msyb on September 17, 2008 at 6:16 PM

For shame indeed!

What an insult to PIG’S!

FiveWays on September 17, 2008 at 1:11 PM

You can put lipstick on an Obama, and he’s still a Obama!!!

landlines on September 17, 2008 at 7:47 PM

yep, love all those really expert opinons, but who cares

foxone on September 17, 2008 at 10:15 PM

An Obama Administration would be corrupt. It is the Democrats at Fannie Mae who caused the current financial crisis. In contrast, McCain-Palin stand for real reform.

Phil Byler on September 17, 2008 at 10:37 PM

“Is Team Obama so incompetent that they couldn’t check the name before issuing the statement?”

Yes, they are. Read his Latin America policy doc and notice his “experts” on the region misspell Colombia as “Columbia.”

Golden Boy on September 17, 2008 at 10:50 PM

If McCain is worth his age in gold, he needs to make an ad out of this. Just simple “in 2003, I co-sponsored the …. Act because I knew Fannie Mae and Freddie Mac were in trouble. Unfortunately, the Democrats in committee prevented it from being submitted to the Senate. And here we are.”

Seixon on September 18, 2008 at 4:20 AM

Oh, and I thought I might add that McCain and a few others introduced literally the same Act in July 2003.

Seixon on September 18, 2008 at 4:22 AM

Ed – since this one is on the sidebar, you really should replace your Gibson vid with the one Ace links to, showing the interim CEO of Fannie addressing the swearing in ceremony of the CBC in ’05, before the vid cuts to Gibson.

rhodeymark on September 18, 2008 at 6:25 AM

That’s Jamie GORELICK, not Gurelli as in the transcript, she of “Miss Gorelick, tear down this wall” fame.

sissywillis on September 18, 2008 at 9:39 AM

Fox and Friends is on this today. John Gibson talked about it last night. At least those who watch Fox are getting the picture.

rockmom on September 18, 2008 at 11:05 AM

I hve to tell you all that as a former lobbyist who worked on this legislation, McCain and the other small group of Republicans who were sounding the alarms about Fannie and Freddie years ago were seen as either cranks or shills for the big banks who wanted Fannie and Freddie reined in. I used to be on Fannie and Freddie’s side in this and I am really embarrassed to admit it today.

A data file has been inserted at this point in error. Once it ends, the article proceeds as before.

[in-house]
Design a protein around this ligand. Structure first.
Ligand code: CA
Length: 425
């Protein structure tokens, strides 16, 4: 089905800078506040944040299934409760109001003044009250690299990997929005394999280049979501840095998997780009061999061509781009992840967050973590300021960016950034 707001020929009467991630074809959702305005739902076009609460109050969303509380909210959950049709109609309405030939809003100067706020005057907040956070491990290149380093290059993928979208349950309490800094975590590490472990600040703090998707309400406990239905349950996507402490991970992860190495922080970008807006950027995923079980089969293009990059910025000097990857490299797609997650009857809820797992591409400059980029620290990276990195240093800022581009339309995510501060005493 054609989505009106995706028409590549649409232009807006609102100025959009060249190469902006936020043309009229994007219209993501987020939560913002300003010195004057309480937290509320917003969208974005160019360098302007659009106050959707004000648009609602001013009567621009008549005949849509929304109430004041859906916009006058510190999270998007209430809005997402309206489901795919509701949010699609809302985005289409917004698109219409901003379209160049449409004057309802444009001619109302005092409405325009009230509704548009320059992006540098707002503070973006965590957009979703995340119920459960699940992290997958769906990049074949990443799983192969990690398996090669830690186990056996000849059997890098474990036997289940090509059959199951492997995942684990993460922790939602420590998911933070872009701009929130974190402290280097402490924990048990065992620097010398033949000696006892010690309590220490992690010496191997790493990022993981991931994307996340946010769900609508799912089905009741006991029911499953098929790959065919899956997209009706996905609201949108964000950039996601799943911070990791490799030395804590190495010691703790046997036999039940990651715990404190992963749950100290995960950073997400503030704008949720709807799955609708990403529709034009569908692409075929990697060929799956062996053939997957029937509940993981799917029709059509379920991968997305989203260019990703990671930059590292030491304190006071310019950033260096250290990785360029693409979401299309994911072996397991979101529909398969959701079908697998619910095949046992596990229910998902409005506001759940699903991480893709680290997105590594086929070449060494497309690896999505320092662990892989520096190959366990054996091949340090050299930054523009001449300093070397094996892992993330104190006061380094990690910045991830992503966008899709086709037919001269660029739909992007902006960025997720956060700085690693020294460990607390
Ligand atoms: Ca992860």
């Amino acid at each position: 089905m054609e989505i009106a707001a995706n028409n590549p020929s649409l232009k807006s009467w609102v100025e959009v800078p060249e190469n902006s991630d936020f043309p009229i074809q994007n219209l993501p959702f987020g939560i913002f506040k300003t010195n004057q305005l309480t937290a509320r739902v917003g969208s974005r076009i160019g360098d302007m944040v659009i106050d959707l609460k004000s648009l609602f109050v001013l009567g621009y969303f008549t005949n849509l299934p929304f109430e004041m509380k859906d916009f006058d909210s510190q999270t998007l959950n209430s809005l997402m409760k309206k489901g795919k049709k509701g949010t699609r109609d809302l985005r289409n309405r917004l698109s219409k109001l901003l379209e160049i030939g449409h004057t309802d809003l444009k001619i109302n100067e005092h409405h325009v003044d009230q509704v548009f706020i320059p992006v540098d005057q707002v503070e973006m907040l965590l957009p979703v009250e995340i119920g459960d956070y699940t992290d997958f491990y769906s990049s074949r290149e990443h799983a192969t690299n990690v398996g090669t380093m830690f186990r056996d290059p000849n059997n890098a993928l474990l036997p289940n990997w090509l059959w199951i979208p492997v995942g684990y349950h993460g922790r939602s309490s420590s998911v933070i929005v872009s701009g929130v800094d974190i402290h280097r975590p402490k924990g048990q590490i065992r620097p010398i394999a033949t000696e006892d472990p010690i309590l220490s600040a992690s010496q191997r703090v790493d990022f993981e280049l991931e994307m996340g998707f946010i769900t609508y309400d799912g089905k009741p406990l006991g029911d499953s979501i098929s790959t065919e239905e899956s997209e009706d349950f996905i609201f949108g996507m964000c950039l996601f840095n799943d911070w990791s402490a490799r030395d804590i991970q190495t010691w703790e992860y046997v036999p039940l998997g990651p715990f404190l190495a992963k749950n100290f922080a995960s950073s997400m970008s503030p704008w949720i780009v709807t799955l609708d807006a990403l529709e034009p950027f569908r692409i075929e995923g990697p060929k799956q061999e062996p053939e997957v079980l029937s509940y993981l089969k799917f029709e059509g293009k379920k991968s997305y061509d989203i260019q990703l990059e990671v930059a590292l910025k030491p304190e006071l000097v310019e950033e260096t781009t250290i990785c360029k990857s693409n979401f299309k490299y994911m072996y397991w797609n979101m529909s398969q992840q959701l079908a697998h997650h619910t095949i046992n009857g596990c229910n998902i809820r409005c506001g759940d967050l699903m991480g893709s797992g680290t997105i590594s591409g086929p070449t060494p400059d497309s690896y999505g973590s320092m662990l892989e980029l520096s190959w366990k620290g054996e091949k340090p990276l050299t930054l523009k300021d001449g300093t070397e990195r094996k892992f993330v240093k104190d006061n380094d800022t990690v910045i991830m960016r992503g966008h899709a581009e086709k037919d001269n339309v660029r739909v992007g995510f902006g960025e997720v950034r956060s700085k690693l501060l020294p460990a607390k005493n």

It turns out those big banks were right and so was McCain. The big banks are actually very well regulated and most of them stayed away from the stinkier kind of lending that got Countrywide in trouble. Fannie and Freddie used their implicit government guarantee and resulting lower capital costs to nearly corner the market and force competitors into riskier and riskier loans. It is a little complicated to explain to the average person, but basically the entire financial system became a house of Once they fell the entire structure crashed.

Democrats defended fannie and Freddie for years, not just because they were being paid to, but because they were convinced that Fan and Fred would be the source of big money for low-income housing, grants to their favorite groups like ACORN, etc. Many Republicans were content wuth them becaue the homeownership rate kept increasing and the economy contiuean and Fred were happy to divert some of their staggering profits to these efforts because it bought them so much goodwill in Congress and elsewhere. But behind the scenes they were ruthless in pricing, in negotiating deals with their customers, and in pursuing every last dollar of profit they could. They knew they were massively distorting the market and they didn’t care.

rockmom on September 18, 2008 at 11:16 AM

rockmom on September 18, 2008 at 11:05 AM

rocky, does anyone except Hot Aire posters and the GOP chorus and choir watch FAUX…? ;)

J_Gocht on September 18, 2008 at 2:27 PM